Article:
In ancient Greek mythology, there were eight wind gods known as the Anemoi. Each deity was given a cardinal direction from which their wind blew. In a
In ancient Greek mythology, there were eight wind gods known as the Anemoi. Each deity was given a cardinal direction from which their wind blew. In addition, the winds were associated with different seasons and weather conditions. The four major Anemoi are Boreas (the north wind who brings the cold winter air), Notus (the south wind who brings the storms of late summer and autumn), Zephyrus (the west wind who brings the light spring and early summer breezes) and Eurus (the east wind). The four minor Anemoi are Kaikias (the north east wind), Apeliotes (the south east wind), Skiron, (the north west wind) and Lips (the south west wind).
These winds are sometimes personified as winged men with symbols that indicated the type of wind that they were bringing. For instance, the north wind, Boreas, is depicted as a man wearing a heavy cloak and blowing through a twisted shell, while Zephyrus is depicted as a youth carrying flowers into the air. The personification of the Anemoi can be seen on one of Athens monuments aptly known as the Tower of the Winds.
An ancient wind god on the Tower of the Wind. ( sirylok /Adobe Stock)
The Anemoi on the Tower of the Winds
The Tower of the Winds is said to have been built around 50 BC by a Macedonian astronomer by the name of Andronicus of Cyrrhus. This structure was built as a timepiece and is still standing today. The Tower of the Winds is 12.8 meters (41.99 ft.) in height and 7.9 meters (25.92 ft.) in diameter, and has an octagonal shape. Each of the tower’s sides face a point of the compass and are decorated by friezes depicting the personification of the Anemoi. It was these depictions that gave the tower its name.
Anemoi, the eight winds of Greek mythology on the Tower of the Winds. ( In Praise of Pure Reason )
In order to tell the time, sundials were placed below each frieze. In addition, a clepsydra (water clock) was placed inside the structure. This clock was powered by water flowing from a stream on the Acropolis. Apart from telling the time, the Tower of the Winds could also tell the direction of the wind.
This was achieved through a wind vane that is now lost. This wind vane, which was a piece of bronze depicting the sea god Triton, rotated as the winds changed. Interestingly, the Romans believed that the direction of the winds could be used to foretell the future. Hence, the wind vane would have been as important a feature of the tower as its sundials and water clock.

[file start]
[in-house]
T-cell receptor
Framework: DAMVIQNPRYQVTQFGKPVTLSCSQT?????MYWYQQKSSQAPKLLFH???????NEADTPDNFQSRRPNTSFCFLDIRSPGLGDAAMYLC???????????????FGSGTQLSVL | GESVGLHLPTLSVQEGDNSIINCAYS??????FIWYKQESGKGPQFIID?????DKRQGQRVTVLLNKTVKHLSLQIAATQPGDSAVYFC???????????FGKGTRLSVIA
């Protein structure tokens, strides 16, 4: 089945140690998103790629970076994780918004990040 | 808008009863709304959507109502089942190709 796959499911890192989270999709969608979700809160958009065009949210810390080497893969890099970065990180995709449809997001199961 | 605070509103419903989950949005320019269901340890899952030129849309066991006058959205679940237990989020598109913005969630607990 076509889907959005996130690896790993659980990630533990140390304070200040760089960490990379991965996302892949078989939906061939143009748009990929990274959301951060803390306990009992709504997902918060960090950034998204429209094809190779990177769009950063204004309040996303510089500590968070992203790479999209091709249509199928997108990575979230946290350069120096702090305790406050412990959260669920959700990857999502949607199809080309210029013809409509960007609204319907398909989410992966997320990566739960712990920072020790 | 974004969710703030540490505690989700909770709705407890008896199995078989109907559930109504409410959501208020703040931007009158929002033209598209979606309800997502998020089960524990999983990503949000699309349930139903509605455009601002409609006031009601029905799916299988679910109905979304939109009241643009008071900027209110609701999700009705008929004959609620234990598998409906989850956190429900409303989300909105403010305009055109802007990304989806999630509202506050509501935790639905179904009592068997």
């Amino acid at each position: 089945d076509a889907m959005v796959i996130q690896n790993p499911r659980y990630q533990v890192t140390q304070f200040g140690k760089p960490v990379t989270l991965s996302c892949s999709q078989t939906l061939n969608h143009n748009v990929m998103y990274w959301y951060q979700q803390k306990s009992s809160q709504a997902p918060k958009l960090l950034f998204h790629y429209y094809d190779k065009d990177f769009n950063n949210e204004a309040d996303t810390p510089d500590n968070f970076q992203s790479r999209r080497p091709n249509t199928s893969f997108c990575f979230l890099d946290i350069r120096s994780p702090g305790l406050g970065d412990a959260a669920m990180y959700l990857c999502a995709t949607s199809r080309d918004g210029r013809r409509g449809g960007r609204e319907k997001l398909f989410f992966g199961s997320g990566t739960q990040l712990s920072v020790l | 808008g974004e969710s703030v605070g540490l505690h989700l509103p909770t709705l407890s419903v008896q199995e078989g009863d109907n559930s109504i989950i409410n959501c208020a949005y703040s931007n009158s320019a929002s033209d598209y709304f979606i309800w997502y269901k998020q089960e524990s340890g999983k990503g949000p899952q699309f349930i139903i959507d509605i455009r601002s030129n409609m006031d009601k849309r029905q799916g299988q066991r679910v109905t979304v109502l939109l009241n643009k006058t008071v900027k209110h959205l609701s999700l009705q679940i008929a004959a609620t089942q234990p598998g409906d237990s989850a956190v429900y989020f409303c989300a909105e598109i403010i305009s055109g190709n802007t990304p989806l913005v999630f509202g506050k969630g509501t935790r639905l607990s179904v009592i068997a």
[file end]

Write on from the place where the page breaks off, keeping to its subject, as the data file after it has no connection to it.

The Tower of the Winds as it stands today. Source: BigStockPhoto
Alternative Uses for the Tower
Like another of Athens’ famous building, the Parthenon, the Tower of the Winds was used for other purposes over time. During the early Christian period, this building was used as the bell-tower of a Byzantine church. When Athens fell under Ottoman rule, the Tower of the Winds was used by the whirling dervishes as a tekke, which was a place of spiritual retreat and character formation. Evidence that the tower was buried up to half its height at that time may be observed in the Turkish inscriptions that have been found on the structure’s interior walls.
Tower of the Winds, “Dance of the Dervishes”, Views of Greece (1821). ( Public Domain )
The Anemoi Inspired Some Unique Architecture
The unique architectural design of the Tower of the Winds fascinated Europeans. The earliest description of the tower can be found in the writings of the ancient Roman architect, Vitruvius. In the 16th century, an edition of Vitruvius’ work was produced by Cesare Cesariano and Giovanni Rusconi.
This edition contained a fanciful reconstruction of the Tower of the Winds and that image influenced the designs of the 17th century English architects, Christopher Wren and Nicholas Hawksmoor. Yet, it was only in the latter part of the 18th century that an accurate illustration of the tower was published in James Stuart and Nicholas Revett’s The Antiquities of Athens.
Subsequently, the design of the tower has influenced various Neo-Classical European structures such as the 18th century Radcliffe Observatory in Oxford, England and an 1849 tower in Sevastopol in the Crimea. Thus, despite the huge gap in time, the design of the Tower of the Winds has survived, although the buildings inspired by it probably do not serve the same purpose.
Top Image: Anemoi were the Greek gods of the winds . The ingenious Tower of the Winds was built with them in mind. Source: Stephen /Adobe Stock